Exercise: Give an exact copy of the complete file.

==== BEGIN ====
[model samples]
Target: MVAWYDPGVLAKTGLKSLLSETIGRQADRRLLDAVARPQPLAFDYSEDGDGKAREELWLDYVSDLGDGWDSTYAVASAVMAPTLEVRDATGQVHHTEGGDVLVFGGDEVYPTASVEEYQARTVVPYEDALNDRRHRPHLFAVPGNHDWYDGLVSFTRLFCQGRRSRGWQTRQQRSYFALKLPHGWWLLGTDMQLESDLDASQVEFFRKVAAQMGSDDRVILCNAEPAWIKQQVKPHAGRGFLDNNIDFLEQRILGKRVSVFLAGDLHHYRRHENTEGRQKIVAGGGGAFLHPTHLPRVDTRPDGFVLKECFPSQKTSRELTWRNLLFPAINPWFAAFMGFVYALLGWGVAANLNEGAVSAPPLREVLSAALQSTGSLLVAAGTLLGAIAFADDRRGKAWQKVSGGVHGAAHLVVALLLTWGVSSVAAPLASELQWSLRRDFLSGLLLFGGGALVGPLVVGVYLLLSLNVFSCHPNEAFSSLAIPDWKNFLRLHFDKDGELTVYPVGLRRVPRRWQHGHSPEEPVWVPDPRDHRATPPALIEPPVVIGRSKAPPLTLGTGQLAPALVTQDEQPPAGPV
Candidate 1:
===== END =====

[model samples]
Target: MVAWYDPGVLAKTGLKSLLSETIGRQADRRLLDAVARPQPLAFDYSEDGDGKAREELWLDYVSDLGDGWDSTYAVASAVMAPTLEVRDATGQVHHTEGGDVLVFGGDEVYPTASVEEYQARTVVPYEDALNDRRHRPHLFAVPGNHDWYDGLVSFTRLFCQGRRSRGWQTRQQRSYFALKLPHGWWLLGTDMQLESDLDASQVEFFRKVAAQMGSDDRVILCNAEPAWIKQQVKPHAGRGFLDNNIDFLEQRILGKRVSVFLAGDLHHYRRHENTEGRQKIVAGGGGAFLHPTHLPRVDTRPDGFVLKECFPSQKTSRELTWRNLLFPAINPWFAAFMGFVYALLGWGVAANLNEGAVSAPPLREVLSAALQSTGSLLVAAGTLLGAIAFADDRRGKAWQKVSGGVHGAAHLVVALLLTWGVSSVAAPLASELQWSLRRDFLSGLLLFGGGALVGPLVVGVYLLLSLNVFSCHPNEAFSSLAIPDWKNFLRLHFDKDGELTVYPVGLRRVPRRWQHGHSPEEPVWVPDPRDHRATPPALIEPPVVIGRSKAPPLTLGTGQLAPALVTQDEQPPAGPV
Candidate 1: